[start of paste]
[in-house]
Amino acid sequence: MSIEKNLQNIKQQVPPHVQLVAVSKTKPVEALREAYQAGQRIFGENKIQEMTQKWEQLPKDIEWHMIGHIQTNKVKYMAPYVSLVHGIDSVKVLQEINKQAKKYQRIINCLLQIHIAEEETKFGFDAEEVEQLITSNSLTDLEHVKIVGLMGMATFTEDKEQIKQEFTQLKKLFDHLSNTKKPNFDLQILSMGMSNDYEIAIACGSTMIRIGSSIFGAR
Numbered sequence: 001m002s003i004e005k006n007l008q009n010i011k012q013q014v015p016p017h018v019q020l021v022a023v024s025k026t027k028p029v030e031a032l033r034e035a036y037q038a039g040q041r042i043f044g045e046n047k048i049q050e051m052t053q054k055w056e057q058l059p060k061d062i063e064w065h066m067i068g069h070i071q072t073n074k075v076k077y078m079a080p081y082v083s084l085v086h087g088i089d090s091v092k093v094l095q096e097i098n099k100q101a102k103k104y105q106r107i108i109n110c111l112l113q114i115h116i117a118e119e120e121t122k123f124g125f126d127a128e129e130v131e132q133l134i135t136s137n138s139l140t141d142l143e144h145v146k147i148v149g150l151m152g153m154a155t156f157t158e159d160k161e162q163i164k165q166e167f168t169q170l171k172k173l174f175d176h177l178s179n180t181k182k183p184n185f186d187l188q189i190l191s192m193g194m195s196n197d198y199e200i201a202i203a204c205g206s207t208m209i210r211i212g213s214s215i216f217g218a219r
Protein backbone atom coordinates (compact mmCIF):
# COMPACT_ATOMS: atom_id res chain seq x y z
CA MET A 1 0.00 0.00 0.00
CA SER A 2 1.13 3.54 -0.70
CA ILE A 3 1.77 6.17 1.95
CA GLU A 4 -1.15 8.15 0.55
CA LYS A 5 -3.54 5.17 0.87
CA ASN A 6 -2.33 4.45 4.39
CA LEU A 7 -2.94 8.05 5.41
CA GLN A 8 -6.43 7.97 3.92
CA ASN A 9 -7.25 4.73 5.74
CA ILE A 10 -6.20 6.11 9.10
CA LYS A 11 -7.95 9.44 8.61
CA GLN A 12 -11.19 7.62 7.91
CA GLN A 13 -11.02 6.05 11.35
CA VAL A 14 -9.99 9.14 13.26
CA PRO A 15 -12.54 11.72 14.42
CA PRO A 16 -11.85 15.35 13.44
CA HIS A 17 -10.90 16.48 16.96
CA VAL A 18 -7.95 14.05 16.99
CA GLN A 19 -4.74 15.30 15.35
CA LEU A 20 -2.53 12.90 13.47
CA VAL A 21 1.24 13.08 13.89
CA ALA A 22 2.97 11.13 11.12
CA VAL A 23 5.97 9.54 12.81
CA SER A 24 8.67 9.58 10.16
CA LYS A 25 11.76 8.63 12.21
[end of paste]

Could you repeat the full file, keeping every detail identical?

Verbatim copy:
[in-house]
Amino acid sequence: MSIEKNLQNIKQQVPPHVQLVAVSKTKPVEALREAYQAGQRIFGENKIQEMTQKWEQLPKDIEWHMIGHIQTNKVKYMAPYVSLVHGIDSVKVLQEINKQAKKYQRIINCLLQIHIAEEETKFGFDAEEVEQLITSNSLTDLEHVKIVGLMGMATFTEDKEQIKQEFTQLKKLFDHLSNTKKPNFDLQILSMGMSNDYEIAIACGSTMIRIGSSIFGAR
Numbered sequence: 001m002s003i004e005k006n007l008q009n010i011k012q013q014v015p016p017h018v019q020l021v022a023v024s025k026t027k028p029v030e031a032l033r034e035a036y037q038a039g040q041r042i043f044g045e046n047k048i049q050e051m052t053q054k055w056e057q058l059p060k061d062i063e064w065h066m067i068g069h070i071q072t073n074k075v076k077y078m079a080p081y082v083s084l085v086h087g088i089d090s091v092k093v094l095q096e097i098n099k100q101a102k103k104y105q106r107i108i109n110c111l112l113q114i115h116i117a118e119e120e121t122k123f124g125f126d127a128e129e130v131e132q133l134i135t136s137n138s139l140t141d142l143e144h145v146k147i148v149g150l151m152g153m154a155t156f157t158e159d160k161e162q163i164k165q166e167f168t169q170l171k172k173l174f175d176h177l178s179n180t181k182k183p184n185f186d187l188q189i190l191s192m193g194m195s196n197d198y199e200i201a202i203a204c205g206s207t208m209i210r211i212g213s214s215i216f217g218a219r
Protein backbone atom coordinates (compact mmCIF):
# COMPACT_ATOMS: atom_id res chain seq x y z
CA MET A 1 0.00 0.00 0.00
CA SER A 2 1.13 3.54 -0.70
CA ILE A 3 1.77 6.17 1.95
CA GLU A 4 -1.15 8.15 0.55
CA LYS A 5 -3.54 5.17 0.87
CA ASN A 6 -2.33 4.45 4.39
CA LEU A 7 -2.94 8.05 5.41
CA GLN A 8 -6.43 7.97 3.92
CA ASN A 9 -7.25 4.73 5.74
CA ILE A 10 -6.20 6.11 9.10
CA LYS A 11 -7.95 9.44 8.61
CA GLN A 12 -11.19 7.62 7.91
CA GLN A 13 -11.02 6.05 11.35
CA VAL A 14 -9.99 9.14 13.26
CA PRO A 15 -12.54 11.72 14.42
CA PRO A 16 -11.85 15.35 13.44
CA HIS A 17 -10.90 16.48 16.96
CA VAL A 18 -7.95 14.05 16.99
CA GLN A 19 -4.74 15.30 15.35
CA LEU A 20 -2.53 12.90 13.47
CA VAL A 21 1.24 13.08 13.89
CA ALA A 22 2.97 11.13 11.12
CA VAL A 23 5.97 9.54 12.81
CA SER A 24 8.67 9.58 10.16
CA LYS A 25 11.76 8.63 12.21